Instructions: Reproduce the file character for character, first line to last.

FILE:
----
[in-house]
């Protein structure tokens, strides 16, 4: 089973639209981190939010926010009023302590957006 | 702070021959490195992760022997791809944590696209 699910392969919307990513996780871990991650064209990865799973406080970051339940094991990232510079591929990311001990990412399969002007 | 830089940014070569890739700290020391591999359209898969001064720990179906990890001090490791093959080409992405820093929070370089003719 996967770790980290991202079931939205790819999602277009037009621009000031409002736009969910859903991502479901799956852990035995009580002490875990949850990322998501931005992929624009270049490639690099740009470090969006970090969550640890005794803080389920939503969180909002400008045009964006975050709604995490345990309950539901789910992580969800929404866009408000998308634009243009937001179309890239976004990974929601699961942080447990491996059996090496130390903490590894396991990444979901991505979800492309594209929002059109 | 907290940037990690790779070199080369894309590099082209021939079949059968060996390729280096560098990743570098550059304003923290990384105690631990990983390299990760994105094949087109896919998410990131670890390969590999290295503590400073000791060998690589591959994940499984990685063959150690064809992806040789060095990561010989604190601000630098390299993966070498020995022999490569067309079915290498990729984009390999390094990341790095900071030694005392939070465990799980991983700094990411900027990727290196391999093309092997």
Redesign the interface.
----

[in-house]
């Protein structure tokens, strides 16, 4: 089973639209981190939010926010009023302590957006 | 702070021959490195992760022997791809944590696209 699910392969919307990513996780871990991650064209990865799973406080970051339940094991990232510079591929990311001990990412399969002007 | 830089940014070569890739700290020391591999359209898969001064720990179906990890001090490791093959080409992405820093929070370089003719 996967770790980290991202079931939205790819999602277009037009621009000031409002736009969910859903991502479901799956852990035995009580002490875990949850990322998501931005992929624009270049490639690099740009470090969006970090969550640890005794803080389920939503969180909002400008045009964006975050709604995490345990309950539901789910992580969800929404866009408000998308634009243009937001179309890239976004990974929601699961942080447990491996059996090496130390903490590894396991990444979901991505979800492309594209929002059109 | 907290940037990690790779070199080369894309590099082209021939079949059968060996390729280096560098990743570098550059304003923290990384105690631990990983390299990760994105094949087109896919998410990131670890390969590999290295503590400073000791060998690589591959994940499984990685063959150690064809992806040789060095990561010989604190601000630098390299993966070498020995022999490569067309079915290498990729984009390999390094990341790095900071030694005392939070465990799980991983700094990411900027990727290196391999093309092997």
Redesign the interface.